LI: How do open source solutions provide that assurance that the user is suitably equipped? Is this something that requires high-level IT support or skills a typical end user can acquire?

Meftah: I do not want to minimize the importance of firewalls and antivirus and anti-malware solutions — I think that those are extremely important — but if you look at targeted markets, those users with IT departments and aware users typically know how to deploy those products.

Once you look at the analytics side of a computer operation, it has traditionally required a lot of technical expertise, and it has only been in the purview of the top end of the market that could have afforded to spend a lot of money on these things. The vast majority of the market is the SMB and the midlevel enterprises. They have not had the financial wherewithal.

LI: Money resources aside, what makes that middle market segment deficient in using security analytics?

Meftah: In most cases, the IT support — Linux sysadmins — at that level do not have the level of security expertise for that perspective to be able to figure out what is going on. So security companies have to simplify by virtue of bringing the necessary security visibility controls together in one suite of products in a very open form factor.

LI: So products are available to effectively deal with the Linux attack surface as long as they are properly configured without building thick security walls that can bog down performance?

Meftah: The ideal solution if you have the financial resources is to buy and configure the required five types of security software: intrusion detection, vulnerability analysis, behavior analysis or forensics, asset inventory management and security intelligence. Your other option is to subscribe to an integrated service solution that offers the same products at a more affordable price point.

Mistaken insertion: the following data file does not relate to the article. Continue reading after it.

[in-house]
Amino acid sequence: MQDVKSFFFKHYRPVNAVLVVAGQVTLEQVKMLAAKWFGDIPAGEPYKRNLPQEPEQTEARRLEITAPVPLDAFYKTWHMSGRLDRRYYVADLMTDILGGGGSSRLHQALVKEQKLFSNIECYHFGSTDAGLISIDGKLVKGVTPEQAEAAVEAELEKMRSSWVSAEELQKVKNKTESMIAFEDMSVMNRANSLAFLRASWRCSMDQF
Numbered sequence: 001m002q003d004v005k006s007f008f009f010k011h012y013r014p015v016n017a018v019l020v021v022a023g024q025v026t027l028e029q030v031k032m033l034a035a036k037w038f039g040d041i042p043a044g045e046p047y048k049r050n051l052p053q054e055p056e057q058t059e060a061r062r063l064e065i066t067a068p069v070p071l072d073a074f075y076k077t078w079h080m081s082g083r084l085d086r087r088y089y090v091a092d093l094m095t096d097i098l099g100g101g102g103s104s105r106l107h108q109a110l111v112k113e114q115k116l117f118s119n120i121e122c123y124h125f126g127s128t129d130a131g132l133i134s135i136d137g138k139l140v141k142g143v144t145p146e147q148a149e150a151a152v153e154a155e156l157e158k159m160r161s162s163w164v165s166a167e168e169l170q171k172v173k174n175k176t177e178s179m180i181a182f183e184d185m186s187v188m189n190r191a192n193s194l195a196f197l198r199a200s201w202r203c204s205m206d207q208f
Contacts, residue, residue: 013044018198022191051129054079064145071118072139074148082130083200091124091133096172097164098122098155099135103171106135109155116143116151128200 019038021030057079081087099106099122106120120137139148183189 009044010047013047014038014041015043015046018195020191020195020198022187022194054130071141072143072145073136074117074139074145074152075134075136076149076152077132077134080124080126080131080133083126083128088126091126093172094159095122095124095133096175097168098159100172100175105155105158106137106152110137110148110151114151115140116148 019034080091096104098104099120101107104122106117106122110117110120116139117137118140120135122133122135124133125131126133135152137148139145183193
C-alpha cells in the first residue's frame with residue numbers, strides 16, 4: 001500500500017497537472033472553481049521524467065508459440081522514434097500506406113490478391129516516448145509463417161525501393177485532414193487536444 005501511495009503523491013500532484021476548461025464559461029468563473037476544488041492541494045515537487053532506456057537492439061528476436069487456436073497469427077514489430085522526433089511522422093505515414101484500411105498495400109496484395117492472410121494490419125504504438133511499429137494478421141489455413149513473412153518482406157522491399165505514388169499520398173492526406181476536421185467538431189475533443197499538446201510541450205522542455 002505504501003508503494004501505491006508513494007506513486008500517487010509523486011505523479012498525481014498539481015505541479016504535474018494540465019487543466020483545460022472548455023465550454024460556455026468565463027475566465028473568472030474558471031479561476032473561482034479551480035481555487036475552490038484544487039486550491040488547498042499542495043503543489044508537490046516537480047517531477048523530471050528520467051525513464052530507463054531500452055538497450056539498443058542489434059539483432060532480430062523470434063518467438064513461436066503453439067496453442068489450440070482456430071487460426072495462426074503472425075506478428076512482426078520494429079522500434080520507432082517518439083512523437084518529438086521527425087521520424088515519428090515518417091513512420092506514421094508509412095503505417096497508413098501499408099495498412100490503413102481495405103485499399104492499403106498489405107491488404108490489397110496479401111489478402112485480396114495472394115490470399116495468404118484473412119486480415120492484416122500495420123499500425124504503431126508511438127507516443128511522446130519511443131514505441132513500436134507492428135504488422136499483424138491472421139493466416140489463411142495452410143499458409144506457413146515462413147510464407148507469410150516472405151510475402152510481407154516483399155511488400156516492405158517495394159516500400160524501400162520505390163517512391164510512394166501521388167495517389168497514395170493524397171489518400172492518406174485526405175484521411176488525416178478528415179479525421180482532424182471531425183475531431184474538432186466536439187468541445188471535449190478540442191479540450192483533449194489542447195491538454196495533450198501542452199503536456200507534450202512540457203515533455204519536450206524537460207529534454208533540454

LI: Is that level of sophisticated security needed by desktop Linux users and SMBs?

Meftah: Our solution is not really a firewall. What we do is compliment the firewall to only tell users what is going on. A firewall will only attempt to block an intrusion. Our assumption is that at some point you are going to get breached. We stop short of providing protective coverage. We only provide detective services.

LI: Do the threat levels change depending on the computing environment in an SMB shop or a home office compared to a large corporate plant?

Meftah: The only way to know that for sure is to have asset and breach assessments conducted. Then the user can tailor the security response accordingly. It is more an issue of finding out what you are running that is vulnerable rather than what you are running it on.